Well, I can pretty much tell you exactly what I was thinking. I was eleven years old. I bored as hell. And judging by the content of this fifty-page story (27 smudged, torn notebook pages, front and back), I was boy-crazy and full of gooey romantic ambitions.
Betrayal by Family follows the life of a young princess named Ea Mara. Yeah. Her name is Ea. Pronounced Eee. I deserve to be shot for that name alone.
Anyway, the story opens with this line, written in bubbly cursive:
Princess Ea Mara sat in the carriage, not exactly thrilled with her parents for making her go 'there'.
Y'know what, it's not an awful opening line. It's bad, but it isn't super cringe-worthy. If I were allowing myself to rewrite, I would change it to "Ea sat in the carriage, not exactly thrilled that her parents made her go there." But I'm not allowed to rewrite. I have to relive this without making it easy for myself.
"There" is her Uncle Unriché's palace (oh, FML... Unriché should NOT be a name that exists). I go into a tell-don't-show spree as I explain absolutely everything you need to know about Unriché throughout the entire story:
Ea never liked her uncle Unriché. He was rather sly and cold. His gray eyes always glinted with malice, and he was never very kind. But she had to stay with him in his large and unwelcoming palace. Just until her parents could come and take her home.
Yep, I know what you're thinking: I wonder if this Unriché fellow could be the villain?!?! Well, I won't spoiler it for you. You'll find out soon enough.
And, wow. Disappearing Parent Syndrome. Of course. I was eleven. Parents were the devil.
The footman opened the carriage door and Ea looked out at Uncle Unriché's palace. Large and gray, the palace sat alone on a giant hill.
"Thank you, Jeeves," she said to the driver.
"Your highness," he said gruffly.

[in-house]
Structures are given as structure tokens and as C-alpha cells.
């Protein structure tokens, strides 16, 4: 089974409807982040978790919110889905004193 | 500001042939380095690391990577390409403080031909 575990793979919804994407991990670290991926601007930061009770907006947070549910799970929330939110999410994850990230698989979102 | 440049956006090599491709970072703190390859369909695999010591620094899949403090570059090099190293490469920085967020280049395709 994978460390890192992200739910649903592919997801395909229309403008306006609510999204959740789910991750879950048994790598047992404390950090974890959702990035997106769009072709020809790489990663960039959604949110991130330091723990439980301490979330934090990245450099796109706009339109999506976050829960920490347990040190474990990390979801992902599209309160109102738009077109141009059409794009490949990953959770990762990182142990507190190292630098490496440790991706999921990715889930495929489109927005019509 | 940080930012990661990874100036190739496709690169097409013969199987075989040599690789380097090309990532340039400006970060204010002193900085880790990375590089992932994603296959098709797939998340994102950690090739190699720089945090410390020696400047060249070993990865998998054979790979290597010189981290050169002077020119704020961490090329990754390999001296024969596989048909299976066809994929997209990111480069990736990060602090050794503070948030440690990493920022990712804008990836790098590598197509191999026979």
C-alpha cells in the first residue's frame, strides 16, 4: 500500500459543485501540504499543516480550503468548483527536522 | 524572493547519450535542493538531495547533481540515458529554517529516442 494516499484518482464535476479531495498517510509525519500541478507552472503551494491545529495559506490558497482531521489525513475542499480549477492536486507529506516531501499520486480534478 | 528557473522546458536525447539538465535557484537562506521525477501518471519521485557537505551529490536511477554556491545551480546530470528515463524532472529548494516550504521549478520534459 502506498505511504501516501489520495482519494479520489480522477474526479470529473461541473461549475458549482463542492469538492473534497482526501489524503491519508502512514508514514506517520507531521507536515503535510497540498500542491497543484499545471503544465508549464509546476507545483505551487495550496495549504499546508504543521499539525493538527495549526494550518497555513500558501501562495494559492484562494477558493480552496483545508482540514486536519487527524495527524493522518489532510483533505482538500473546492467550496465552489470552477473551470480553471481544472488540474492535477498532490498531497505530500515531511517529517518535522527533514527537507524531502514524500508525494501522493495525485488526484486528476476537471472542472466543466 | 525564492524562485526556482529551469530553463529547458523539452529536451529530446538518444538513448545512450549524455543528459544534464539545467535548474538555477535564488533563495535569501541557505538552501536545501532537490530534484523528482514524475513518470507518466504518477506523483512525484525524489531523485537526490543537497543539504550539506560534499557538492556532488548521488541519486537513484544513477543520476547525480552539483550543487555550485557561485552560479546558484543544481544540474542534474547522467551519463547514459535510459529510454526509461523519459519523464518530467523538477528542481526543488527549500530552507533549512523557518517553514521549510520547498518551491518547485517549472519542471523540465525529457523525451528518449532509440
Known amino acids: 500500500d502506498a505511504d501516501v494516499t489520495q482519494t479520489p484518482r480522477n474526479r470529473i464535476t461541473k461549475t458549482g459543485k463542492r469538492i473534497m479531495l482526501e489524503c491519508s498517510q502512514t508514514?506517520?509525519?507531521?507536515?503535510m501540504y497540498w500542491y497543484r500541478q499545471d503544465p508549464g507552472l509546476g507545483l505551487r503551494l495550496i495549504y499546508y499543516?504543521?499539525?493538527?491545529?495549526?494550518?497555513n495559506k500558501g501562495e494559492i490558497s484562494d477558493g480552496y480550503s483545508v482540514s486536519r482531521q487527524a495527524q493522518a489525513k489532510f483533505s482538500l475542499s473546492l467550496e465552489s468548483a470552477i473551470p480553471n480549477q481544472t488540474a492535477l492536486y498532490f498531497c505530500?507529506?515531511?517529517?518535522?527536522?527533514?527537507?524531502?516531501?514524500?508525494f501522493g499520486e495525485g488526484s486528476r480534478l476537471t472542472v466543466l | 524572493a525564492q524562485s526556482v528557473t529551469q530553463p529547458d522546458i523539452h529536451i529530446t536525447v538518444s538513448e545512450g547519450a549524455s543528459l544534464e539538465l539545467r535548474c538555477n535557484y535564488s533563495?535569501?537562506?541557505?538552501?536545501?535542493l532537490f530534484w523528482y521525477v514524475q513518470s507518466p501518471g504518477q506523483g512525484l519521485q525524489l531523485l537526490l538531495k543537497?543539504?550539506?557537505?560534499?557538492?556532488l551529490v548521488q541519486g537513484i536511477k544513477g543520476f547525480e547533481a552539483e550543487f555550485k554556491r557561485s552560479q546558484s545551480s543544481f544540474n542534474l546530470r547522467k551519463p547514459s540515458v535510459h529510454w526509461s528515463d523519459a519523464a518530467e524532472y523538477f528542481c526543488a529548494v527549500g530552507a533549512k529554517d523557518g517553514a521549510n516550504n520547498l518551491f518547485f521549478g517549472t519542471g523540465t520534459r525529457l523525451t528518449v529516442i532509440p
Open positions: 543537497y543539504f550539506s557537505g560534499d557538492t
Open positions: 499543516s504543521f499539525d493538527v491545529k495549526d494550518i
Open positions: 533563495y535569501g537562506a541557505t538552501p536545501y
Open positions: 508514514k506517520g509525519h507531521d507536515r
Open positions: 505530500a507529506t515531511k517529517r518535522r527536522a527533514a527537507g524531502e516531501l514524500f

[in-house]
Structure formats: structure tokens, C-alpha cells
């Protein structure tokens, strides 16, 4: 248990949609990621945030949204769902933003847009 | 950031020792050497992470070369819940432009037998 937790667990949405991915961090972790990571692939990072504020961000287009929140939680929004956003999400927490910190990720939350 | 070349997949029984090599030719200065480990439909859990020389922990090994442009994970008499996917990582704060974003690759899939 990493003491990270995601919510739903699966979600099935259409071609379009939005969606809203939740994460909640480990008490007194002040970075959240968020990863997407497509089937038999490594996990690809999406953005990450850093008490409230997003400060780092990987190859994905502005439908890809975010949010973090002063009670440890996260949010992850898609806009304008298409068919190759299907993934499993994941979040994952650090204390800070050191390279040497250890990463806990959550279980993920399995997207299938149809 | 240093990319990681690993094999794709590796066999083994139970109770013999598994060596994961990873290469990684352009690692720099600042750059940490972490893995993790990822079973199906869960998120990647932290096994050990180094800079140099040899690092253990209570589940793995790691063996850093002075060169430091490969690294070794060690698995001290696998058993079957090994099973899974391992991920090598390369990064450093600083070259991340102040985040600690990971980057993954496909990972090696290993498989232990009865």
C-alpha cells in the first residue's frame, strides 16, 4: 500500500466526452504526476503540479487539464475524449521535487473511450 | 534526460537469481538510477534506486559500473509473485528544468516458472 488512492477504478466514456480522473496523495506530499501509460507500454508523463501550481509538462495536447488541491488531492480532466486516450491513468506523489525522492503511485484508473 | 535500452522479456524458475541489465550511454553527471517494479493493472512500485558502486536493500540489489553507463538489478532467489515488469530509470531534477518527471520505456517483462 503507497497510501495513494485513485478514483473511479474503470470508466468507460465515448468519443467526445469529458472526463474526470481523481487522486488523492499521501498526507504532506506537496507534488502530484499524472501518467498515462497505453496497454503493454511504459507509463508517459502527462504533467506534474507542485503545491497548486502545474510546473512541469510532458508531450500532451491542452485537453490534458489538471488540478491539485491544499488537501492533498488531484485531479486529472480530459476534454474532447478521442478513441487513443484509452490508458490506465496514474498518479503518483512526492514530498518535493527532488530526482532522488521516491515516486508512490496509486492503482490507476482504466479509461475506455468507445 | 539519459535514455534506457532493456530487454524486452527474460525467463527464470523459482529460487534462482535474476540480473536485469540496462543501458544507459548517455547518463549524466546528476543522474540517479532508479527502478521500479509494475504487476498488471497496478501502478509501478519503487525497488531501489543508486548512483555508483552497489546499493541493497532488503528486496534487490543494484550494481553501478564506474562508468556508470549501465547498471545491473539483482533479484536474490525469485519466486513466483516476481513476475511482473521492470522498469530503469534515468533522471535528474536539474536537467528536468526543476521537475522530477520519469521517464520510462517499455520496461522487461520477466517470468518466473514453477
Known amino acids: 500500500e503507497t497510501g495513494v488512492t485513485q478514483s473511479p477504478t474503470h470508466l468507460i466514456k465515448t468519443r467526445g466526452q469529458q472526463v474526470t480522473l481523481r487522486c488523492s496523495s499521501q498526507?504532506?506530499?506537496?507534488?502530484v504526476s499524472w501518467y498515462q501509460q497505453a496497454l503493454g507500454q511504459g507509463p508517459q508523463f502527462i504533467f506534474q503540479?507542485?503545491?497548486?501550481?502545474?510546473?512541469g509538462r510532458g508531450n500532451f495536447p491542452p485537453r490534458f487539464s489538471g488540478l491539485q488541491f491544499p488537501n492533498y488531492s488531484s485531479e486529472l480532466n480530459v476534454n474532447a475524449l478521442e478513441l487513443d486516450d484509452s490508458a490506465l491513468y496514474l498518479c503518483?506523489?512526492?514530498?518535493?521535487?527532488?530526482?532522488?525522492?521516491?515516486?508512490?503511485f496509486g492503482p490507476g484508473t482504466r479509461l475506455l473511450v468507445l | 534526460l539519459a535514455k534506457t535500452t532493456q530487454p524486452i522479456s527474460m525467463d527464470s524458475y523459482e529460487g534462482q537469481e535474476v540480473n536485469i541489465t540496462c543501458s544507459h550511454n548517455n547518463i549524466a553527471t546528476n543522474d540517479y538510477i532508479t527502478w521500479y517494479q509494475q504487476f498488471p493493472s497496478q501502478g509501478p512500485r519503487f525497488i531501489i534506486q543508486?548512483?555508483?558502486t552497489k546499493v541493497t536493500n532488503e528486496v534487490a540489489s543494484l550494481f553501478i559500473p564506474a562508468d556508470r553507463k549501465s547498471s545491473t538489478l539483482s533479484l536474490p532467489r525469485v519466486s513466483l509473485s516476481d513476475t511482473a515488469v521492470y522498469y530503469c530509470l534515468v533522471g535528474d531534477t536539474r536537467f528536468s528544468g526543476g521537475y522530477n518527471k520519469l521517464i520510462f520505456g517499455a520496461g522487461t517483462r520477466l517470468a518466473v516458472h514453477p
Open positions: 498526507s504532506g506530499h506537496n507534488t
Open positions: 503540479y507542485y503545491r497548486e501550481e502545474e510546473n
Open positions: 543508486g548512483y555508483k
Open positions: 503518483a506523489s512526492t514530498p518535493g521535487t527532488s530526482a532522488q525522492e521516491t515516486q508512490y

Ea stepped onto the walkway up to the palace as the carriage pulled away. Her uncle walked up to her with a few soldiers behind him.
Jeeves? Jeeves? Seriously?
Also, "her uncle walked up to her with a few soldiers behind him." Lol forever.
Anyway, Unriché says some stuff in an "oily voice" and then he leads Ea up to the palace. I'm actually really surprised I didn't take this all the way up into Ea's bedroom and describe every last detail of her bed and pillows and wardrobe. I'm impressed.
But I had more important things to describe. Like the love interest.
In the bushes outside the palace, Princess Ea Mara's only hope hid. Ea's father's swordcrafter, a 17-year-old young man named Emmith had heard of a plan being plotted by Lord Unriché. He knew right away he had to save Ea before it was too late. He brushed away his curly brown hair and looked up at Ea's window. It took all of his effort to control himself from screaming up to her, telling her the plot. But he didn't. His only hope of taking her with him was if he whisked her off at night. He wasn't quite sure what he would do, where he would take Ea once he had her. But that didn't matter yet. He sat in a tree braiding and tying rope to make a rope ladder that he would use to climb to Ea's window that night.
BRAIDING AND TYING ROPE.